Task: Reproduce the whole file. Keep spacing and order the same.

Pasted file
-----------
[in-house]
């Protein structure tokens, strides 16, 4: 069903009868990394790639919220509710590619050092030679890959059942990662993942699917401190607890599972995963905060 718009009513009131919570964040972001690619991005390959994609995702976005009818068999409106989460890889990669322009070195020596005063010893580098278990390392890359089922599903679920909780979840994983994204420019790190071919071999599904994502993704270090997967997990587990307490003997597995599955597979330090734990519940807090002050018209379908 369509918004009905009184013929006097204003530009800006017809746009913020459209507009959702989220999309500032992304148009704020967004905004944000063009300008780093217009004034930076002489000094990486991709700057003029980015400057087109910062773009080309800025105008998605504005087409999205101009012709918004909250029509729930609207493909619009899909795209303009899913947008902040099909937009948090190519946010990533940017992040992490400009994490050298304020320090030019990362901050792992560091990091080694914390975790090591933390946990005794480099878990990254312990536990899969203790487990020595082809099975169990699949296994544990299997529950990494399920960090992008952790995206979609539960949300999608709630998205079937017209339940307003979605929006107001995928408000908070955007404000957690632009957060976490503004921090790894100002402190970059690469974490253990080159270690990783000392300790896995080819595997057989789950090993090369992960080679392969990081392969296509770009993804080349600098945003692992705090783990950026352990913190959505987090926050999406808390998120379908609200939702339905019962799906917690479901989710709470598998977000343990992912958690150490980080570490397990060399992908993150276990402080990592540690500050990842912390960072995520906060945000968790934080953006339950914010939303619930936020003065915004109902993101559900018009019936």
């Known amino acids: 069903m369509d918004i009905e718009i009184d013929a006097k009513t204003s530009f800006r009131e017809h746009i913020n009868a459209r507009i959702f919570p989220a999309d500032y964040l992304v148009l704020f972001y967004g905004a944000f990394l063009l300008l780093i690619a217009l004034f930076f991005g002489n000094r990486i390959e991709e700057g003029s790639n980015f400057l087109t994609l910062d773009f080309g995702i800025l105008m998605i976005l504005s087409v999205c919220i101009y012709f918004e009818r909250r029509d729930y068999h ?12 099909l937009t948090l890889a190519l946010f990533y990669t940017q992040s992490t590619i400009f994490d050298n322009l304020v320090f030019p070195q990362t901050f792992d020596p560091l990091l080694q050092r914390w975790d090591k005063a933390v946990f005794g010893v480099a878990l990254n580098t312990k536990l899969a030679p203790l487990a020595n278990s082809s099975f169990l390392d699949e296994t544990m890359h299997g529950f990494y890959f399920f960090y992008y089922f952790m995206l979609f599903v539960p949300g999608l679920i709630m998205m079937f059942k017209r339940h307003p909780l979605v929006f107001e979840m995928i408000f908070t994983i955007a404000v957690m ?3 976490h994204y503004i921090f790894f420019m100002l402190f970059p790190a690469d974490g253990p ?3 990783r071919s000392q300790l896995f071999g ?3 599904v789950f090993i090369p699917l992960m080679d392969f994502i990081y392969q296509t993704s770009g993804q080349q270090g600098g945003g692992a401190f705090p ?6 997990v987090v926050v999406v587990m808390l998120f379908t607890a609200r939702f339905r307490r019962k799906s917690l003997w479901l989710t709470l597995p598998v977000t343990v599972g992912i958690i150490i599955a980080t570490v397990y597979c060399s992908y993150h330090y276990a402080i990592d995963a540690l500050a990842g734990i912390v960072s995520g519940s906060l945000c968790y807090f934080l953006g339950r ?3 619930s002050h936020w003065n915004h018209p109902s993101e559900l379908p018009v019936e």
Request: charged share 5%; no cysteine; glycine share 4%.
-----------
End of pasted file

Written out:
[in-house]
């Protein structure tokens, strides 16, 4: 069903009868990394790639919220509710590619050092030679890959059942990662993942699917401190607890599972995963905060 718009009513009131919570964040972001690619991005390959994609995702976005009818068999409106989460890889990669322009070195020596005063010893580098278990390392890359089922599903679920909780979840994983994204420019790190071919071999599904994502993704270090997967997990587990307490003997597995599955597979330090734990519940807090002050018209379908 369509918004009905009184013929006097204003530009800006017809746009913020459209507009959702989220999309500032992304148009704020967004905004944000063009300008780093217009004034930076002489000094990486991709700057003029980015400057087109910062773009080309800025105008998605504005087409999205101009012709918004909250029509729930609207493909619009899909795209303009899913947008902040099909937009948090190519946010990533940017992040992490400009994490050298304020320090030019990362901050792992560091990091080694914390975790090591933390946990005794480099878990990254312990536990899969203790487990020595082809099975169990699949296994544990299997529950990494399920960090992008952790995206979609539960949300999608709630998205079937017209339940307003979605929006107001995928408000908070955007404000957690632009957060976490503004921090790894100002402190970059690469974490253990080159270690990783000392300790896995080819595997057989789950090993090369992960080679392969990081392969296509770009993804080349600098945003692992705090783990950026352990913190959505987090926050999406808390998120379908609200939702339905019962799906917690479901989710709470598998977000343990992912958690150490980080570490397990060399992908993150276990402080990592540690500050990842912390960072995520906060945000968790934080953006339950914010939303619930936020003065915004109902993101559900018009019936």
């Known amino acids: 069903m369509d918004i009905e718009i009184d013929a006097k009513t204003s530009f800006r009131e017809h746009i913020n009868a459209r507009i959702f919570p989220a999309d500032y964040l992304v148009l704020f972001y967004g905004a944000f990394l063009l300008l780093i690619a217009l004034f930076f991005g002489n000094r990486i390959e991709e700057g003029s790639n980015f400057l087109t994609l910062d773009f080309g995702i800025l105008m998605i976005l504005s087409v999205c919220i101009y012709f918004e009818r909250r029509d729930y068999h ?12 099909l937009t948090l890889a190519l946010f990533y990669t940017q992040s992490t590619i400009f994490d050298n322009l304020v320090f030019p070195q990362t901050f792992d020596p560091l990091l080694q050092r914390w975790d090591k005063a933390v946990f005794g010893v480099a878990l990254n580098t312990k536990l899969a030679p203790l487990a020595n278990s082809s099975f169990l390392d699949e296994t544990m890359h299997g529950f990494y890959f399920f960090y992008y089922f952790m995206l979609f599903v539960p949300g999608l679920i709630m998205m079937f059942k017209r339940h307003p909780l979605v929006f107001e979840m995928i408000f908070t994983i955007a404000v957690m ?3 976490h994204y503004i921090f790894f420019m100002l402190f970059p790190a690469d974490g253990p ?3 990783r071919s000392q300790l896995f071999g ?3 599904v789950f090993i090369p699917l992960m080679d392969f994502i990081y392969q296509t993704s770009g993804q080349q270090g600098g945003g692992a401190f705090p ?6 997990v987090v926050v999406v587990m808390l998120f379908t607890a609200r939702f339905r307490r019962k799906s917690l003997w479901l989710t709470l597995p598998v977000t343990v599972g992912i958690i150490i599955a980080t570490v397990y597979c060399s992908y993150h330090y276990a402080i990592d995963a540690l500050a990842g734990i912390v960072s995520g519940s906060l945000c968790y807090f934080l953006g339950r ?3 619930s002050h936020w003065n915004h018209p109902s993101e559900l379908p018009v019936e």
Request: charged share 5%; no cysteine; glycine share 4%.